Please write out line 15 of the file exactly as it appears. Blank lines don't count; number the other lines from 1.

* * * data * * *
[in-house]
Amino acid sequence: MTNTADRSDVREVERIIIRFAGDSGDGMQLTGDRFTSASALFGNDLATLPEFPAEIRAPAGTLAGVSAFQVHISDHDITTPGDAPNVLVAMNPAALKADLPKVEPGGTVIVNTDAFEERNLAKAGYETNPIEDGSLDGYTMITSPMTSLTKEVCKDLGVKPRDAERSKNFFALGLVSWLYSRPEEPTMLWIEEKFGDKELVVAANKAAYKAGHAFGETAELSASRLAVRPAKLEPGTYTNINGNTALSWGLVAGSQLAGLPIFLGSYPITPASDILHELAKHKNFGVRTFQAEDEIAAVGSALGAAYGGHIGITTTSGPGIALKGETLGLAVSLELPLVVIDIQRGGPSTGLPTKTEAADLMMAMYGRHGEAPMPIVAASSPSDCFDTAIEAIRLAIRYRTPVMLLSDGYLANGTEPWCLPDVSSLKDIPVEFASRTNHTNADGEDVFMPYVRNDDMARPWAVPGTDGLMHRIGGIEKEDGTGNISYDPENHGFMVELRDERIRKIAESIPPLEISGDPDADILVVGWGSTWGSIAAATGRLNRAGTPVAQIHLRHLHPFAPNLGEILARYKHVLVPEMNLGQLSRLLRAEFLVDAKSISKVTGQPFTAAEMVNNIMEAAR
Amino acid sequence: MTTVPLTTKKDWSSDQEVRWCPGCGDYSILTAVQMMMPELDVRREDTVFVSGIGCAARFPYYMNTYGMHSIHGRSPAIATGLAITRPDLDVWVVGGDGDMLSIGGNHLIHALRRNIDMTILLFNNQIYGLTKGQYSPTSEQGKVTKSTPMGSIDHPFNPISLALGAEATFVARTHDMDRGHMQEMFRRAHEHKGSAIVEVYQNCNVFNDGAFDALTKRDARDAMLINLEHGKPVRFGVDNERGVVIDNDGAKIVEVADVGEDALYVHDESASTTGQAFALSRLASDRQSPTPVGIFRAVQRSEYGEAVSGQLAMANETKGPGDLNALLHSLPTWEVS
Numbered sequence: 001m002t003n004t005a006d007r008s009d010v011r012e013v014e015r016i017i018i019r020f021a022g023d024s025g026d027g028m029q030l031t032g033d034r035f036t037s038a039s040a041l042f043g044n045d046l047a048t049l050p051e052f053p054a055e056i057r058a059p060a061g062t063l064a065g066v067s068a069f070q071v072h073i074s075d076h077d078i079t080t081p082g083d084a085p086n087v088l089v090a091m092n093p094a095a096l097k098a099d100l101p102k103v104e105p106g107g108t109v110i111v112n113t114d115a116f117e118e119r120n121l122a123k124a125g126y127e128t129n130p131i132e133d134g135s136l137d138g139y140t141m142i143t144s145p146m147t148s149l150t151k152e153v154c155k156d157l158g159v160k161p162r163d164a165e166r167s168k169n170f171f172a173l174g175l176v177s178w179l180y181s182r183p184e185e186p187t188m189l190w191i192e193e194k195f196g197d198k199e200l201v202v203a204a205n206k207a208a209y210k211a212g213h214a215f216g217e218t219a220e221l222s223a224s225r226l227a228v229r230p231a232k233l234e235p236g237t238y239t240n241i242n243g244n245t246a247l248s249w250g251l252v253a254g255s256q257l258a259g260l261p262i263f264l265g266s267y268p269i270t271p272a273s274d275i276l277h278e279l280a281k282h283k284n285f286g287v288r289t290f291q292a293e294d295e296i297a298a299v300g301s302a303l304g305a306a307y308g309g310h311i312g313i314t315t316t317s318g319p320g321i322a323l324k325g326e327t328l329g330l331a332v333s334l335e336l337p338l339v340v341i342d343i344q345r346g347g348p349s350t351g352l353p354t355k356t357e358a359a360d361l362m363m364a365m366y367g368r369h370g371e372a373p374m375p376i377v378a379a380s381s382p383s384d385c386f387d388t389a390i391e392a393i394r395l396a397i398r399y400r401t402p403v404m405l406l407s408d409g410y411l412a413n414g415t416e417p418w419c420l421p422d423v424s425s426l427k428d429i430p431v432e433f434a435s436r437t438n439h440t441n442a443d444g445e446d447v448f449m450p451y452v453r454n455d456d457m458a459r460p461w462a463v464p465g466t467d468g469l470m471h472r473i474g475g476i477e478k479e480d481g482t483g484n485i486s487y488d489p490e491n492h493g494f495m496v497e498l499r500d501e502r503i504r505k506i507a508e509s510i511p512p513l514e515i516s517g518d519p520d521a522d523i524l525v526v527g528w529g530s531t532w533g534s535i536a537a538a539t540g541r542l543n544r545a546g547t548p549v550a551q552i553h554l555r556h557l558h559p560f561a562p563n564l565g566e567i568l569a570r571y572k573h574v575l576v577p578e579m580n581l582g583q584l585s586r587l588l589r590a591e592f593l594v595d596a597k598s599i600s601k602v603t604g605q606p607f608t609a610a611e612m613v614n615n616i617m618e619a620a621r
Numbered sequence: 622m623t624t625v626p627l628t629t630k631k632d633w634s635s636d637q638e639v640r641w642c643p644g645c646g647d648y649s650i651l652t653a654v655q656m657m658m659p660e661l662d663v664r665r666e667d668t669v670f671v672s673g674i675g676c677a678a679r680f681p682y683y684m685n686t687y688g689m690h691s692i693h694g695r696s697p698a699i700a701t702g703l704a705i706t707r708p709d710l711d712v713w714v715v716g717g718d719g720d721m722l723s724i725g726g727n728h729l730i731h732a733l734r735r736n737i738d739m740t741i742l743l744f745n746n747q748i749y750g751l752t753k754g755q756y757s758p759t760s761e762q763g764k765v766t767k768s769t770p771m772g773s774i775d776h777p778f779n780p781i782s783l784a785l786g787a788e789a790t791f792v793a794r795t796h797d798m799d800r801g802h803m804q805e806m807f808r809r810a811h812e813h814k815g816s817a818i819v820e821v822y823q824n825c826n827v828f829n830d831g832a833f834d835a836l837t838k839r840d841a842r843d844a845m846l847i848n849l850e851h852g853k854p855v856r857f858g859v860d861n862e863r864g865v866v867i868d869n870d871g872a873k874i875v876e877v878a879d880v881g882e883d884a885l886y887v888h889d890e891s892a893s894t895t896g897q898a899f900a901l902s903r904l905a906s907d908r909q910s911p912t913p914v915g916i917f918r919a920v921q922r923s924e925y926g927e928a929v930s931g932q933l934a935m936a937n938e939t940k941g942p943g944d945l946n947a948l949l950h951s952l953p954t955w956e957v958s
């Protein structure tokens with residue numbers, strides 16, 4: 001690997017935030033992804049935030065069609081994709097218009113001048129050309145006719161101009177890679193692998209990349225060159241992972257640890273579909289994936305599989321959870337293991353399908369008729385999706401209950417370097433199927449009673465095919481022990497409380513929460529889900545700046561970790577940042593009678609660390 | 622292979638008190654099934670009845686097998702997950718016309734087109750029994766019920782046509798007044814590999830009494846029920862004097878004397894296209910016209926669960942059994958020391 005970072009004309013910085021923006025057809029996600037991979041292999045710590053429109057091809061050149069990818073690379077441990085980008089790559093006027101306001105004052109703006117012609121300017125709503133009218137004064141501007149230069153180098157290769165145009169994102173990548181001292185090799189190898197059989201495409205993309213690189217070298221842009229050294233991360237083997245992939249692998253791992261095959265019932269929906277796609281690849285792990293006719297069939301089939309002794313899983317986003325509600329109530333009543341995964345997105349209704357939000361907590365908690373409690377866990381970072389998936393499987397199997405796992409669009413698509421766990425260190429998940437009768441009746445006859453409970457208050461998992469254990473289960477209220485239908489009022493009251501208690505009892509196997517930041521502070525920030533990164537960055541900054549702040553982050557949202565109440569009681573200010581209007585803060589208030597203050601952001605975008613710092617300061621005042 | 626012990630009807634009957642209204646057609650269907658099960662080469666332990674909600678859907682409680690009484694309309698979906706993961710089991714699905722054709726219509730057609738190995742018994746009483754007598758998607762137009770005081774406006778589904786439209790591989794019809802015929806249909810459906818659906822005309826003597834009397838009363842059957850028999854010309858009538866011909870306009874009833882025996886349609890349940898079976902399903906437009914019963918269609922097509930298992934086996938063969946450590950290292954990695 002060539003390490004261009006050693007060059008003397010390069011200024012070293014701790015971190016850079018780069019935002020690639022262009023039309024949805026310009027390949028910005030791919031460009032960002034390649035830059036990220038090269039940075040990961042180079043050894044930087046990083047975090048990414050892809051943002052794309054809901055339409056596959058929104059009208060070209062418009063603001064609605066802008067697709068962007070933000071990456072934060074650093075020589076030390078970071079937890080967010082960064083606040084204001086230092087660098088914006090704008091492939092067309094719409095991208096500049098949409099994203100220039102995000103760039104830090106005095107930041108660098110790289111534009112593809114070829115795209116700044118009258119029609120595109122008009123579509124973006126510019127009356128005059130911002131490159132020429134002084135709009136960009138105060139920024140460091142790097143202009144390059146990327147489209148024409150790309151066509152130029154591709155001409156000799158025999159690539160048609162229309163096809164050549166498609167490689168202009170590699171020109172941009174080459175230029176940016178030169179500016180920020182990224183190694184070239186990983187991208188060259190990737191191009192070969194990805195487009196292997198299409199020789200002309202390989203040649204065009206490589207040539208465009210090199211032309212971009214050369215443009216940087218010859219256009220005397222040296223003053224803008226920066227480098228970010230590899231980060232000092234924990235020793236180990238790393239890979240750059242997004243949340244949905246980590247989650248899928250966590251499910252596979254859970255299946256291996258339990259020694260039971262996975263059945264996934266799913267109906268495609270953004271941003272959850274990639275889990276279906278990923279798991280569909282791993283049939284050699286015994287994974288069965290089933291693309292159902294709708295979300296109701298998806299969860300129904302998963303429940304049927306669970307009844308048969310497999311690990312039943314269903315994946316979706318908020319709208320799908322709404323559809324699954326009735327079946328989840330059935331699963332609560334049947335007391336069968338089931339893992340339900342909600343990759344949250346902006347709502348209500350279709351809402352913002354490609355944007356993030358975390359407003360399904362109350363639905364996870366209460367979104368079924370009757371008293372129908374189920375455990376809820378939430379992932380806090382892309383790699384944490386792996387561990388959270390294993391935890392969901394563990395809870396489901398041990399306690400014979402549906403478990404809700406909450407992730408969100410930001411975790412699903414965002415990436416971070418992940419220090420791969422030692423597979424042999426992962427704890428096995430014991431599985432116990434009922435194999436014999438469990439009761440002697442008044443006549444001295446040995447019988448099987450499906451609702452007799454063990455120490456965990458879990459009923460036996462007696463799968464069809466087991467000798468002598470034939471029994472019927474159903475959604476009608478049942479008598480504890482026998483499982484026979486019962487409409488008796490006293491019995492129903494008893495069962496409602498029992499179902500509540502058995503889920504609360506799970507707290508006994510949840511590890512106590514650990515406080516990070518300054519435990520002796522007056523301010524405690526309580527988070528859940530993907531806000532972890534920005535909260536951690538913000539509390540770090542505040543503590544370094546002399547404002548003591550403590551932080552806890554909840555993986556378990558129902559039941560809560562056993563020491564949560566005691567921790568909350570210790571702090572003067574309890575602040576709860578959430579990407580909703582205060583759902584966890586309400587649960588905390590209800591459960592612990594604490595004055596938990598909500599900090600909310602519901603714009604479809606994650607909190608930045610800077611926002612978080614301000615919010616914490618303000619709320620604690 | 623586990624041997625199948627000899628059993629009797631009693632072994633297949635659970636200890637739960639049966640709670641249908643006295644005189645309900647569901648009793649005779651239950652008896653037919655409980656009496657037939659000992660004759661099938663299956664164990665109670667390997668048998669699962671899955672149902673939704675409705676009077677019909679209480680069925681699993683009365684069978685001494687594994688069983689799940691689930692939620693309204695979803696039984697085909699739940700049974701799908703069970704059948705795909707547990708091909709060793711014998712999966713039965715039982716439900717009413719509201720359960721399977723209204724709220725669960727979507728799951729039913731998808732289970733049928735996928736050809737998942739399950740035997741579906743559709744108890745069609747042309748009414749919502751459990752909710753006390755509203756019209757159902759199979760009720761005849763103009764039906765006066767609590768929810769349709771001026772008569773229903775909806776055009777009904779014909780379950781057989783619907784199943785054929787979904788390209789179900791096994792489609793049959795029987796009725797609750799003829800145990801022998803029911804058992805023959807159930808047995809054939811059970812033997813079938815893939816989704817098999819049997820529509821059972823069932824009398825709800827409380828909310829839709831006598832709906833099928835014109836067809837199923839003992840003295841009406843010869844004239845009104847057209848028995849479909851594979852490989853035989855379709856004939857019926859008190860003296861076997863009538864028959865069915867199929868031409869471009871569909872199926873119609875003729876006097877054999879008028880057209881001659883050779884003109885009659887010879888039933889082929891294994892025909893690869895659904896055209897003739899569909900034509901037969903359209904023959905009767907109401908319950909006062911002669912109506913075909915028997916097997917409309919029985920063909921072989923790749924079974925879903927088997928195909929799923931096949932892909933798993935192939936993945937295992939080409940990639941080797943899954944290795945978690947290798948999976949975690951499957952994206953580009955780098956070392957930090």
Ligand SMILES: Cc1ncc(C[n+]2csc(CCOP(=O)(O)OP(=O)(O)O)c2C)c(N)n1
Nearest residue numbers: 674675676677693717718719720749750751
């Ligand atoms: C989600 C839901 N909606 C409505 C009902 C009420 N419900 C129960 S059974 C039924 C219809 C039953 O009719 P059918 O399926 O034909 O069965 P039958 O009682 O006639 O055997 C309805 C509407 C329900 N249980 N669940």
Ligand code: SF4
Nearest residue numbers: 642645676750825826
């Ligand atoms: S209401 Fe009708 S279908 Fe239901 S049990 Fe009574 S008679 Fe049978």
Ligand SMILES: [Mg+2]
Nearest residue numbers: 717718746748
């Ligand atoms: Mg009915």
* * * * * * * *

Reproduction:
């Ligand atoms: Mg009915």